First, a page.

By nature, I cannot keep quiet over evil. There is, however, an alternative to blaming people for their past and present wrongs; that alternative is to overlook their past but instead show them how to behave lovingly and caringly for each other in the present.
Show the people how to do the right thing by doing the right thing yourself and stop dwelling on the evil they do.
Do you want people to have a good relationship with you? If so, do not talk about their evil. If you cannot praise them then emphasize the correct behavior in all situations.
Talk about our need to love and care for each other; do not just talk about it, be a loving and caring person. Be the role model of a loving and caring person. This is the middle ground that I found to help me navigate the fact that people tend to gravitate to evil more than to good.
If you must blame folks then blame all people, blame Africans for slavery and blame white folks for slavery; actually, it is a waste of time blaming people; just live the example of a moral person.
People will be people whether you blame them or not, just live your life as you believe is right. Maturity and wisdom are to live righteously and leave other people to drown in their wickedness, as both Africans and Americans are currently doing.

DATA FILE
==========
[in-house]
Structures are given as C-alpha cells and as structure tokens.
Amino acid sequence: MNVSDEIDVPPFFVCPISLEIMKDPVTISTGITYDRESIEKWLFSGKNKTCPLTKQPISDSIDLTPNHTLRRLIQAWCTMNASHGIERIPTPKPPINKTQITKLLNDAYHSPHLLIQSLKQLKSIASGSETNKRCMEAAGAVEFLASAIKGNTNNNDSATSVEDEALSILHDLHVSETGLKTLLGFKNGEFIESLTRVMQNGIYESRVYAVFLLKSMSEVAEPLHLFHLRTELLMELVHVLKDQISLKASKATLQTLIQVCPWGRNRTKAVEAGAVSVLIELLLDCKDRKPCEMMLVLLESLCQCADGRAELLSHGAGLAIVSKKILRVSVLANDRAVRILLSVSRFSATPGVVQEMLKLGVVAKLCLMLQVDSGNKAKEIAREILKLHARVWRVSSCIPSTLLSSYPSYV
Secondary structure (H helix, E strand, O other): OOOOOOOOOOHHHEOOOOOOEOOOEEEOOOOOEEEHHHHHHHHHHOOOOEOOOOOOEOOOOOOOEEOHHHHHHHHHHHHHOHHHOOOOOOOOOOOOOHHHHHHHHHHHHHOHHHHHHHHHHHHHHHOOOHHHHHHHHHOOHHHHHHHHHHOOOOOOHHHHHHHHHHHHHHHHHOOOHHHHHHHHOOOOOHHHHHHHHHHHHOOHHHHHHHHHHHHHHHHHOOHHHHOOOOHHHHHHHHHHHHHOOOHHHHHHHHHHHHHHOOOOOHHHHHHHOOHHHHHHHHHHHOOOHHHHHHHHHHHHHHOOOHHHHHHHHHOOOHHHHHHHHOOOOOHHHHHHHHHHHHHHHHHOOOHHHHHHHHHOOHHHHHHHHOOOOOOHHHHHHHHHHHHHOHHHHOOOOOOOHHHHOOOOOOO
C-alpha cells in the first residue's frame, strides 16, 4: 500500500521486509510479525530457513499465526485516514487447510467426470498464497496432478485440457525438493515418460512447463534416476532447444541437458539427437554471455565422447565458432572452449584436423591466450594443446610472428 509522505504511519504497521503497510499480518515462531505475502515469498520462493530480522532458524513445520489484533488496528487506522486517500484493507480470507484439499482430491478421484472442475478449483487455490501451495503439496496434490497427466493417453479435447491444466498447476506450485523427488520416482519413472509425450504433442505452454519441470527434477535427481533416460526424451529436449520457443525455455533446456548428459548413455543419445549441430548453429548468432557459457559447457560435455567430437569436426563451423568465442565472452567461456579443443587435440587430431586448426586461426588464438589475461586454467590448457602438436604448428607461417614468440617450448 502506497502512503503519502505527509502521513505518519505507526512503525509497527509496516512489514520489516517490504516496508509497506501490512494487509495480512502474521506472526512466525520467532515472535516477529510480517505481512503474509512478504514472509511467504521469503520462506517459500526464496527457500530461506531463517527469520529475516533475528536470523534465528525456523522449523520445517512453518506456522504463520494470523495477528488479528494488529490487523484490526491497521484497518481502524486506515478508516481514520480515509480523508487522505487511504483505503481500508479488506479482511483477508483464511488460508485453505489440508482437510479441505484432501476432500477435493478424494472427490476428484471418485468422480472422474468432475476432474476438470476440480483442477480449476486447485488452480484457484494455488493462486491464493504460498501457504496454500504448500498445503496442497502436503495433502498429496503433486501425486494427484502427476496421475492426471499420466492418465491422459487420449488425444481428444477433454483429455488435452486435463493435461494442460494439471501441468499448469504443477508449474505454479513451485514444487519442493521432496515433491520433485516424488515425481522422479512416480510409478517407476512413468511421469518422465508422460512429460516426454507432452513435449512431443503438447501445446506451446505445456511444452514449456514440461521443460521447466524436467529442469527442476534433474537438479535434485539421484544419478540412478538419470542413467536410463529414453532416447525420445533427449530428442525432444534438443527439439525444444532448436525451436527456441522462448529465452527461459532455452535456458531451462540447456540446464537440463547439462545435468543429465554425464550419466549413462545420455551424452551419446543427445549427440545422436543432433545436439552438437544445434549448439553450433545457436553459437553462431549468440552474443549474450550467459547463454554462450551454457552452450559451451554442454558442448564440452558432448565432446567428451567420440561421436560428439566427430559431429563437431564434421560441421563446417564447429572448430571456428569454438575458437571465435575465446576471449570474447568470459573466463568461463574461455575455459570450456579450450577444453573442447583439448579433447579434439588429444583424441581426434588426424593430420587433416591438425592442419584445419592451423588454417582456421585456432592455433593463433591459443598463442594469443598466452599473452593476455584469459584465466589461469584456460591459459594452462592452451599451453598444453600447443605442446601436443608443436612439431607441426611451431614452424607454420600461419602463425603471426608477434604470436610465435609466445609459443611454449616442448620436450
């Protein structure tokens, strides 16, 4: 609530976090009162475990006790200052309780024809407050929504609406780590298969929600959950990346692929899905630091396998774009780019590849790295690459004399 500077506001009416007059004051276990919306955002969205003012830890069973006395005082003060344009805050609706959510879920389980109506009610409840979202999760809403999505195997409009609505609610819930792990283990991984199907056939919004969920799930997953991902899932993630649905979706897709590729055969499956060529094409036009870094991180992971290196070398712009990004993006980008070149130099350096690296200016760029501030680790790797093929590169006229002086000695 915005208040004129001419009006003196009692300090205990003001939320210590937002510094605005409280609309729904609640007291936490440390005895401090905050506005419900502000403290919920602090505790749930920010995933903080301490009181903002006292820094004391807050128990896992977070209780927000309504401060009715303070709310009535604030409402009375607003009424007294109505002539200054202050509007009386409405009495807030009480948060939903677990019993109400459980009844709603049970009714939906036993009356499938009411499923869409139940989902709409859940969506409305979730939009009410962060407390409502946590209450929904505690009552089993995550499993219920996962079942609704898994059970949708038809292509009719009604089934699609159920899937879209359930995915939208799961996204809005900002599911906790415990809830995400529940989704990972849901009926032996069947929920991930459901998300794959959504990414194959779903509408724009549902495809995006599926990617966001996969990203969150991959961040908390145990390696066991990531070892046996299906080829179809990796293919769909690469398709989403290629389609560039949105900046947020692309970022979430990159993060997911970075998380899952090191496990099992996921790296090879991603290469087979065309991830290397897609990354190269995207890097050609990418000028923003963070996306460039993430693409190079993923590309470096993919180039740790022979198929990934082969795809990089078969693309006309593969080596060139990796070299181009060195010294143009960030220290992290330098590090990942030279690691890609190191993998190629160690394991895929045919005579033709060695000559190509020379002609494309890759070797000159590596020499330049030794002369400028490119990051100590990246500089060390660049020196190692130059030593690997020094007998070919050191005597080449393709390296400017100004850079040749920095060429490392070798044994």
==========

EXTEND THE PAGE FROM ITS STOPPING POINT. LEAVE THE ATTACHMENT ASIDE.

It is difficult to practice what I concluded that folks should do, live the right life and ignore people’s bad behaviors. For example, Helen Schucman, in her book, A course in miracles, devoted a few lines to talking about leading by positive example, forgiving and loving people, but her book is 99% devoted to harping on the wrong that the sons of God did!
Nevertheless, if you want to have good relationship with people, do not harp on their evil, instead, talk about the good in people and live that good.
I find it necessary to see people as children who do not always understand the need to always do the right thing, so, I try to understand them and instead of blaming them teach them the right behaviors.
In the end, if you want to speak and live the truth you must not desire to be liked and accepted by the people; no one who speaks the truth is ever accepted by the mass of humanity.